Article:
From the start of practice Thursday Cox was learning the SAM linebacker position. And the true freshman could not be happier about it.
"Coach Graham had me at devil trying that out," Cox said. "Now he wanted to see me at the SAM position because that's what I played in high school, was coming downhill. So far I like that a lot better. We'll just see, there will be times where I can go in at devil as well. For right now I really like that downhill SAM position."
Cox said if he as has good reps at the SAM he could split time with senior linebacker Steffon Martin. It may not be far-fetched because Graham said that Cox may wind up one of the top 11-to-13 players on the defense.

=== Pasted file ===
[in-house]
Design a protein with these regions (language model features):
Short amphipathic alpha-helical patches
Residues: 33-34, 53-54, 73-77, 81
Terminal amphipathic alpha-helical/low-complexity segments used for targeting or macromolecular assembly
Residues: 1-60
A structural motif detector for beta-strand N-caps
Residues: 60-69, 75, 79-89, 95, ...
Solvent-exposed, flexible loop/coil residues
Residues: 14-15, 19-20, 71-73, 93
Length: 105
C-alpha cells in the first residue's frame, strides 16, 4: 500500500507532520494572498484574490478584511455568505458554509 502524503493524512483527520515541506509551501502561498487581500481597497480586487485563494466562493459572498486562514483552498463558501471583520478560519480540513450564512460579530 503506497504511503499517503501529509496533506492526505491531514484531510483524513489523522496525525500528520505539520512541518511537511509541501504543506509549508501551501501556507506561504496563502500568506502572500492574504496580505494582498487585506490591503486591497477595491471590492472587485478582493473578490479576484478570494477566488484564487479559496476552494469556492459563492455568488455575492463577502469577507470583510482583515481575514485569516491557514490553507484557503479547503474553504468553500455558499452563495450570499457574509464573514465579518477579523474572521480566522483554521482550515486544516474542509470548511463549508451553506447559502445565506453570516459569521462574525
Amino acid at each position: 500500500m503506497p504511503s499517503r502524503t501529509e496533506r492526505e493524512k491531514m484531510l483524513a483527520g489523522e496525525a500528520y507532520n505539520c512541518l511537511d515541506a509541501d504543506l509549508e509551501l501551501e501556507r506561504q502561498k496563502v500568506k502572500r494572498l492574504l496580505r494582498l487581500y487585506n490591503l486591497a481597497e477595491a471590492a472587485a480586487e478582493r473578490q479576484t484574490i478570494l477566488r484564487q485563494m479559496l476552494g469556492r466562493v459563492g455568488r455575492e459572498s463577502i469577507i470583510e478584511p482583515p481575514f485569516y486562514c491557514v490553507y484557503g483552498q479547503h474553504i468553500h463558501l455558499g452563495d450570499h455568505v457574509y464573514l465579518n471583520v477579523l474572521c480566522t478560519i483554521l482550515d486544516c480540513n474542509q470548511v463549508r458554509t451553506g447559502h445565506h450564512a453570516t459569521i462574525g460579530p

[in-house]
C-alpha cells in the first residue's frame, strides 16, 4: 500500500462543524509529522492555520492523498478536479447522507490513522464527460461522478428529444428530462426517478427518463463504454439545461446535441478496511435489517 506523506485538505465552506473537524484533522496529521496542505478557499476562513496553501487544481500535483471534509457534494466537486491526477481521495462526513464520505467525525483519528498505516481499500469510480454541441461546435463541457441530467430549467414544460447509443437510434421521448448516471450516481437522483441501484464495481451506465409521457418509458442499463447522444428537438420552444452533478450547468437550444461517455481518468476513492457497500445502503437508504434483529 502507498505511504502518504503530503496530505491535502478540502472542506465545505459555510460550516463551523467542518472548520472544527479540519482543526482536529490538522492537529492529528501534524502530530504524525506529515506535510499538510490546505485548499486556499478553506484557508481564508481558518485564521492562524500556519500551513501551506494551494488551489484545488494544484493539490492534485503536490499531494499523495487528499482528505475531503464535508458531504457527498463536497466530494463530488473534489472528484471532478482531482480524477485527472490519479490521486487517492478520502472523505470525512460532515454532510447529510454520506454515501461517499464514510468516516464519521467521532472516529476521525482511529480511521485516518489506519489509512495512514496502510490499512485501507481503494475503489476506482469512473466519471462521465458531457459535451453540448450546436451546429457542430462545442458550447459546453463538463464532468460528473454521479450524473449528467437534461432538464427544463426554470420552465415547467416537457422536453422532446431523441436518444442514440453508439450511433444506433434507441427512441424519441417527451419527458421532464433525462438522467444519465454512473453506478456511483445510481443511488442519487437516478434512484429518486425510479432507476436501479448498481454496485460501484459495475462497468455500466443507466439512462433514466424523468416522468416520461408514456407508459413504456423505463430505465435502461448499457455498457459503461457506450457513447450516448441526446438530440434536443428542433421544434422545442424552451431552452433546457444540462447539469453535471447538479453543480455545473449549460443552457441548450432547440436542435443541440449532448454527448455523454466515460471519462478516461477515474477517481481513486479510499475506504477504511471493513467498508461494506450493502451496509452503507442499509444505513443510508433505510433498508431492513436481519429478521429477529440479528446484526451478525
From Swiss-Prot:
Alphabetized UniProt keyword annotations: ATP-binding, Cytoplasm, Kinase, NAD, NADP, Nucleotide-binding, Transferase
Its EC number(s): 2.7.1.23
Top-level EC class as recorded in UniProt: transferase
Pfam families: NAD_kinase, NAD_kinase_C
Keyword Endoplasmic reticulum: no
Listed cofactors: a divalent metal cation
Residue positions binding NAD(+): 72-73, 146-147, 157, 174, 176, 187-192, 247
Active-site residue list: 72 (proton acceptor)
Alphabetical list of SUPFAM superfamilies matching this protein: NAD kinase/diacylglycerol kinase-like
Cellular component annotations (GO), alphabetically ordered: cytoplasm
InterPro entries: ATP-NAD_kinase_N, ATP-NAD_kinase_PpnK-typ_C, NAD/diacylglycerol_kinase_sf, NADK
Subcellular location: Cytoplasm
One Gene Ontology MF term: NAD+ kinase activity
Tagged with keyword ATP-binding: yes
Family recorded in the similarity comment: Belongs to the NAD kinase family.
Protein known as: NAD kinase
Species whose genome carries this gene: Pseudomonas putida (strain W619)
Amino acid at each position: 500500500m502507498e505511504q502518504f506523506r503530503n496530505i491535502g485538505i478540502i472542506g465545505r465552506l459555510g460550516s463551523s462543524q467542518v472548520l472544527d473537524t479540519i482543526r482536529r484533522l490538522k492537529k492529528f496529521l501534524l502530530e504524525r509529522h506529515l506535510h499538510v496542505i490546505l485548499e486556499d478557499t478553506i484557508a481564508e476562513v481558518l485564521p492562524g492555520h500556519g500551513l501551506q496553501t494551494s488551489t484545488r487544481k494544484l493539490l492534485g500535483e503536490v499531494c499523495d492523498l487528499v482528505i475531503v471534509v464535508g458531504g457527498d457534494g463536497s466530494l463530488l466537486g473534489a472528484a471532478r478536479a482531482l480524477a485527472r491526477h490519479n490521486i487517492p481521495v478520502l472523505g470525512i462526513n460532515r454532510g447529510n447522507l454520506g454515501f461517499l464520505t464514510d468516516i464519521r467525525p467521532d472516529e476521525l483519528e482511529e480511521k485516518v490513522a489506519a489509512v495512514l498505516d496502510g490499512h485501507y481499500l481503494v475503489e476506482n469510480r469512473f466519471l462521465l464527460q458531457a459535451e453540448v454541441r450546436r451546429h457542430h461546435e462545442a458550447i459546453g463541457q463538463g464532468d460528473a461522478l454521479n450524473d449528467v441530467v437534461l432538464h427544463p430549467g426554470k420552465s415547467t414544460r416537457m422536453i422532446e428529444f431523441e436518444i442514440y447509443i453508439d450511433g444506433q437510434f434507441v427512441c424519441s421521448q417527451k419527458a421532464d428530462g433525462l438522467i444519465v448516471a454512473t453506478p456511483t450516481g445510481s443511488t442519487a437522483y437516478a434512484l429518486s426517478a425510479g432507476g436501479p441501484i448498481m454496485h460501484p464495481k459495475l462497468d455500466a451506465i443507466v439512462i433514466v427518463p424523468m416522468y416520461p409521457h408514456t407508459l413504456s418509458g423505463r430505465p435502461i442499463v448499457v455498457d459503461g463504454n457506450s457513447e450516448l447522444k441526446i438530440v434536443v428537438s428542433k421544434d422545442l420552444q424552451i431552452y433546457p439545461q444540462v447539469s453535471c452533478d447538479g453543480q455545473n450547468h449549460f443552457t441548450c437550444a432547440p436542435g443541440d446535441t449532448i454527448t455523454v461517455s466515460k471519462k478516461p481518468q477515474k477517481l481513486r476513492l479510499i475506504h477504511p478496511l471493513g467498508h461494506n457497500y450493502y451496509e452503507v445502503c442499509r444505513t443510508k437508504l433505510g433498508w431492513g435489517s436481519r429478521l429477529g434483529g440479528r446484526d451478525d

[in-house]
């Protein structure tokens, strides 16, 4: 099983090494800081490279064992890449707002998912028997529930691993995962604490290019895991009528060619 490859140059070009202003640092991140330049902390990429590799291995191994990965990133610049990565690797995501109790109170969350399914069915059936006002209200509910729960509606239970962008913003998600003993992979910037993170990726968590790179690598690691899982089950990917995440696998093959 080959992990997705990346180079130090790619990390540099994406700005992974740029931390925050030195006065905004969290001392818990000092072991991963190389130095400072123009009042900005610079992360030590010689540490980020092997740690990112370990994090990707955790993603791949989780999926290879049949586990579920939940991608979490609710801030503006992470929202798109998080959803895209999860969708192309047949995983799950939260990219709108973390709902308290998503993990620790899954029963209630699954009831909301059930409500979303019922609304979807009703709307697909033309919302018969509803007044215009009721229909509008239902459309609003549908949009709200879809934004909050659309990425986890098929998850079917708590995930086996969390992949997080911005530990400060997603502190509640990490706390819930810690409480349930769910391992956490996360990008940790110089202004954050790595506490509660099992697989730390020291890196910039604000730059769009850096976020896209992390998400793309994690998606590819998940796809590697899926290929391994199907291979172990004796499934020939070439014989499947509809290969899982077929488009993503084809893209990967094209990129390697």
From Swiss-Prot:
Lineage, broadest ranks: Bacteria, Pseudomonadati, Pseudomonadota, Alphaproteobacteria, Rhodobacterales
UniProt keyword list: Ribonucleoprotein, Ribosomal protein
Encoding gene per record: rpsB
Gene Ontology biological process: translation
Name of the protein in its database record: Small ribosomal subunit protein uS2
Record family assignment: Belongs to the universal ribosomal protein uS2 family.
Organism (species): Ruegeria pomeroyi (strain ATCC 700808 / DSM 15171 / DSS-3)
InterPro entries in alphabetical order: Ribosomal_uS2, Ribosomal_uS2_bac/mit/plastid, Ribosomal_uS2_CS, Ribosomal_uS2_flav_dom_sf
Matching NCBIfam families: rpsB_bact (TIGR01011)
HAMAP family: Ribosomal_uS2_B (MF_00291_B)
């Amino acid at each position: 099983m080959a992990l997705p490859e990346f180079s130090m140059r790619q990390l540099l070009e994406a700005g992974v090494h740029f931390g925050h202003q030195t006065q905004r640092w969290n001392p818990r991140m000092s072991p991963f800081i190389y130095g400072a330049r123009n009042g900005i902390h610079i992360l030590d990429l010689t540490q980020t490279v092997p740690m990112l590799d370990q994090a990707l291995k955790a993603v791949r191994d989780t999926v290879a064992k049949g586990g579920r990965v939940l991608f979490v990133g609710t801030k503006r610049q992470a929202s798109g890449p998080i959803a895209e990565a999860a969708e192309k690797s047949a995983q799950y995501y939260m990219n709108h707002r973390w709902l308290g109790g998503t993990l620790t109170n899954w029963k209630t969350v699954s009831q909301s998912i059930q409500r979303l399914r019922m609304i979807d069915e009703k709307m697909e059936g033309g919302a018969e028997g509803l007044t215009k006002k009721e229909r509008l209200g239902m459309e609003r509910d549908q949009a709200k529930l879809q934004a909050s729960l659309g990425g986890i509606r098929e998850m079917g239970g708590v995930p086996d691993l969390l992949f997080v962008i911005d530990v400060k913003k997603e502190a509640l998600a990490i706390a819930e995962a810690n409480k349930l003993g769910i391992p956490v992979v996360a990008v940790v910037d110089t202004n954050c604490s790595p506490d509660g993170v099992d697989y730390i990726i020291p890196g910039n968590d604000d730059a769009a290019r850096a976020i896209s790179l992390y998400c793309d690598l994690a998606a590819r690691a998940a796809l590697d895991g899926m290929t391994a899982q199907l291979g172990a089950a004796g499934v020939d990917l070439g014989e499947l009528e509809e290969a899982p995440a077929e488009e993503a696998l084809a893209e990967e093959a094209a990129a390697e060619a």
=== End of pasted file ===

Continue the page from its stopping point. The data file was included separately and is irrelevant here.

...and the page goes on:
Martin was also behind Cox during defensive walk-throughs talking in Cox's ear. Martin even would pull on Cox's shirt to make sure Cox was in the right position.
Jefferson in the middle
For the second straight practice, freshman wide receiver Ellis Jefferson had a strong catch coming over the middle.
The 6-foot-4, 200 pound freshman seems confident running the middle seam route out of the Sun Devil 5-receiver position, usually in the slot. Jefferson's courage running through the defense's traffic caught Graham's attention.
"He made an unbelievable catch today," Graham said. "He picked up the system very quickly. We knew he was a really good player but he's shined. Especially today with the pads on. No fear catching the ball over the middle."
Arizona State NEWS